Earlier this year, President Trump issued a Presidential Proclamation restricting foreign nationals from entering the United States on certain temporary work visas through at least December 31, 2020 (“the Proclamation”). On October 1, 2020, a California District Court issued an order barring the government from enforcing the visa ban, but only against several large corporate associations and their members. The associations include the National Association of Manufacturers, the Chamber of Commerce of the United States of America, Technet, Intrax, Inc., and the National Retail Federation. While the order is not a general nation-wide injunction, it effectively exempts hundreds of thousands of American businesses across a broad range of economic sectors while future litigation on the Proclamation continues.
The Court’s Order
The Proclamation was originally implemented by the Trump administration as a measure aimed at protecting U.S. workers from job competition during the economic recovery related to the COVID-19 pandemic. The Court found an injunction was proper, in part, because the Proclamation unlawfully eviscerates portions of the Immigration and Nationality Act. The Court also noted the President exceeded his Constitutional authority by limiting the entry of foreign nationals based on a purely domestic consideration—the foreign national’s effect on unemployment. The order is likely to be appealed, which may affect how long the injunction remains in place.
What is Next?
While the injunction is in place, individuals sponsored for a visa in the affected categories by the associations acting as plaintiffs in the case, including their member organizations, can obtain the otherwise restricted visas. The affected visa categories include H-1B and L-1 visas, among others. It remains to be seen whether the government might stop enforcement of the Proclamation while the injunction is in place due to the practical difficulties of enforcing it with so many entities protected by the order. Businesses affected by the Court’s order should be prepared to demonstrate their membership in the affected association in order to take advantage of the decision.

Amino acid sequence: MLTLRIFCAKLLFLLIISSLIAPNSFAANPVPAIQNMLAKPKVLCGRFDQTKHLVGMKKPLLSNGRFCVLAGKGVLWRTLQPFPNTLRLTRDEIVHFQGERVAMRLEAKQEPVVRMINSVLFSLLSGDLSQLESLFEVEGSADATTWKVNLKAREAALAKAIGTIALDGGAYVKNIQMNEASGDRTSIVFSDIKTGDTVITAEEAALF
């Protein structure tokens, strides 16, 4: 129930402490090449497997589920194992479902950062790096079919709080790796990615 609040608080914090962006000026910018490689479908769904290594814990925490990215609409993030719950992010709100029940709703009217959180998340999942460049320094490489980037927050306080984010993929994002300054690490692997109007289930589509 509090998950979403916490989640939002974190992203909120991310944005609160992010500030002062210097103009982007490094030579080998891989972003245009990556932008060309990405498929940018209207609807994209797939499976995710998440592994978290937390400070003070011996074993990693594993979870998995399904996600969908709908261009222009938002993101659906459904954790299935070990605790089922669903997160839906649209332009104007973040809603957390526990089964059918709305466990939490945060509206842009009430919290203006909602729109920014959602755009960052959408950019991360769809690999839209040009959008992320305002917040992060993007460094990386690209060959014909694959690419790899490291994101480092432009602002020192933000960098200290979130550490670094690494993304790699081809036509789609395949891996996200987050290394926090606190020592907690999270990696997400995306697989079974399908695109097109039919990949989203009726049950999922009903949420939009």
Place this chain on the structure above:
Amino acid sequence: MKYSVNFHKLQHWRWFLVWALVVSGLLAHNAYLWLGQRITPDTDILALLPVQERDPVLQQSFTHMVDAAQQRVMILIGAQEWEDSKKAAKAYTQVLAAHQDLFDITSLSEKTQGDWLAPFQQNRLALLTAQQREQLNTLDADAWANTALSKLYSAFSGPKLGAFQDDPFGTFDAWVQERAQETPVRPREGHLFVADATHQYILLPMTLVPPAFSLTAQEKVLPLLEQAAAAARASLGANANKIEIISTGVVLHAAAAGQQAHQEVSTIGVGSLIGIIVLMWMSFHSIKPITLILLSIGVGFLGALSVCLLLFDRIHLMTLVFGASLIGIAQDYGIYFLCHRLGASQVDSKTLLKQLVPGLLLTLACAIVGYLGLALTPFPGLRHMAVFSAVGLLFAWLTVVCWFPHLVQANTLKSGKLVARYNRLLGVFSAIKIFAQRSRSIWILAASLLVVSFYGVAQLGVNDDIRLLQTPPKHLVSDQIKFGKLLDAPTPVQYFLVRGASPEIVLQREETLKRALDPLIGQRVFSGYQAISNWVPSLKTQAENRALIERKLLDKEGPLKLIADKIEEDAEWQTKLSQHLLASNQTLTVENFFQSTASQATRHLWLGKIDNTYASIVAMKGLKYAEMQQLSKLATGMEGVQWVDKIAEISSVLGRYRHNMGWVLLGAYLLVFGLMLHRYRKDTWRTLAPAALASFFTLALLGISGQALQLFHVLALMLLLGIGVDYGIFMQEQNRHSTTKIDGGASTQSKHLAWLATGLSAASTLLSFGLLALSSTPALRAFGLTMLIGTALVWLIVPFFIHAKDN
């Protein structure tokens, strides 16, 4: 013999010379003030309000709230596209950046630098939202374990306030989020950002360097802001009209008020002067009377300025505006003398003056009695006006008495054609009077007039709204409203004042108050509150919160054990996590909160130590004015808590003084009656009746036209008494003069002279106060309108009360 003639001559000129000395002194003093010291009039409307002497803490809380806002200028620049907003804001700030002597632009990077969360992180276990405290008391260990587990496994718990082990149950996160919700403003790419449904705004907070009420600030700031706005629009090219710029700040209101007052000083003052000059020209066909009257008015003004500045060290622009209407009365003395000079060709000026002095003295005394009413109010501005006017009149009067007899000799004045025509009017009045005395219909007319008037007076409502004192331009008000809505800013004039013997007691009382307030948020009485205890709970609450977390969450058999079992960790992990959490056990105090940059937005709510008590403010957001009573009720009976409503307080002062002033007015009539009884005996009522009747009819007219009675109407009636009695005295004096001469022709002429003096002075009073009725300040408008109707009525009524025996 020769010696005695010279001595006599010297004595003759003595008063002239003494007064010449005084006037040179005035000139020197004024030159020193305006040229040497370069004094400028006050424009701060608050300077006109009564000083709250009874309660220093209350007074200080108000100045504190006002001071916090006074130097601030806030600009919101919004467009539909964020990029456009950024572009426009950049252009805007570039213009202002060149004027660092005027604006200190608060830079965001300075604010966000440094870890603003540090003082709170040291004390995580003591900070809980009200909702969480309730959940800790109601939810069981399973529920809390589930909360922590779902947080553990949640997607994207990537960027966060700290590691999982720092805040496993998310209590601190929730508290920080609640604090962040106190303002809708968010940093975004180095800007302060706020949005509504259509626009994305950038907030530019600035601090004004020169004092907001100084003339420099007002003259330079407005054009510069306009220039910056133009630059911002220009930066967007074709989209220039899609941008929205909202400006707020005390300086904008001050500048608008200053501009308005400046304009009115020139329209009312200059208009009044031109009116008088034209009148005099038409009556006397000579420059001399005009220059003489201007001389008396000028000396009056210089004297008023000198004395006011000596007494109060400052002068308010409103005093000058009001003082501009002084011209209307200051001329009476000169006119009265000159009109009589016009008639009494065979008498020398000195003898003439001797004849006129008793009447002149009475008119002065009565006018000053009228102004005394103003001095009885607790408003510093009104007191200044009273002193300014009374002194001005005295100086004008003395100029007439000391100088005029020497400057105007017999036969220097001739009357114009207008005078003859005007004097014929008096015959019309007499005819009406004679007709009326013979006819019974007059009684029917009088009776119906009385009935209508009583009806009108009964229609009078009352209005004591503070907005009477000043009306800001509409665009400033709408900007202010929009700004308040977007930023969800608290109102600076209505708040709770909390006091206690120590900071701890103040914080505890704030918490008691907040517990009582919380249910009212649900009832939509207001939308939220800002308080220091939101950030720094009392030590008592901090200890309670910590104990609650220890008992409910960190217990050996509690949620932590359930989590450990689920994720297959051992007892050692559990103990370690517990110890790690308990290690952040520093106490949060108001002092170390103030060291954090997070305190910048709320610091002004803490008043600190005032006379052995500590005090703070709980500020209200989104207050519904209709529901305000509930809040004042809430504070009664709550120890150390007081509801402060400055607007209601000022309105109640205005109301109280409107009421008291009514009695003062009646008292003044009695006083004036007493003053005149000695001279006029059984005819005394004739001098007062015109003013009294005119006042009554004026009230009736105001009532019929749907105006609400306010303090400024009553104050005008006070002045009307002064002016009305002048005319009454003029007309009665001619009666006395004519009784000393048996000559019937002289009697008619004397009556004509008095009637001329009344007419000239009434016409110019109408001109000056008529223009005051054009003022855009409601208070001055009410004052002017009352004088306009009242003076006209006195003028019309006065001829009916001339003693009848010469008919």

Even after removing the Proclamation as an impediment, employers may still face challenges in sponsoring new employees for nonimmigrant visas. For example, foreign nationals are required to interview at a U.S. Embassy or Consulate abroad in order to obtain a visa. Many Embassies and Consulates closed for months during the spring and summer of 2020 due to COVID-19. As a result, foreign nationals are experiencing significant delays in scheduling appointments. Additionally, travel restrictions due to COVID-19 remain in effect for many countries. Currently, foreign nationals present in China, Iran, the European Schengen Region, the United Kingdom, Ireland, and Brazil for the fourteen-day period prior to attempting entry to the United States will be denied entry unless they qualify for a National Interest Exception or some other exemption.
The immigration landscape has continued to change throughout 2020. With the upcoming Presidential election in November, more changes should be expected. The Burr & Forman immigration team will continue to monitor developments and provide updates. If you have questions about any immigration issues, please contact Melissa Azallion (MAzallion@burr.com); Anna Scully (Ascully@burr.com); Nina Maja Bergmar (firstname.lastname@example.org); or Jon Eggert (JEggert@burr.com) on the Burr & Forman Immigration Team.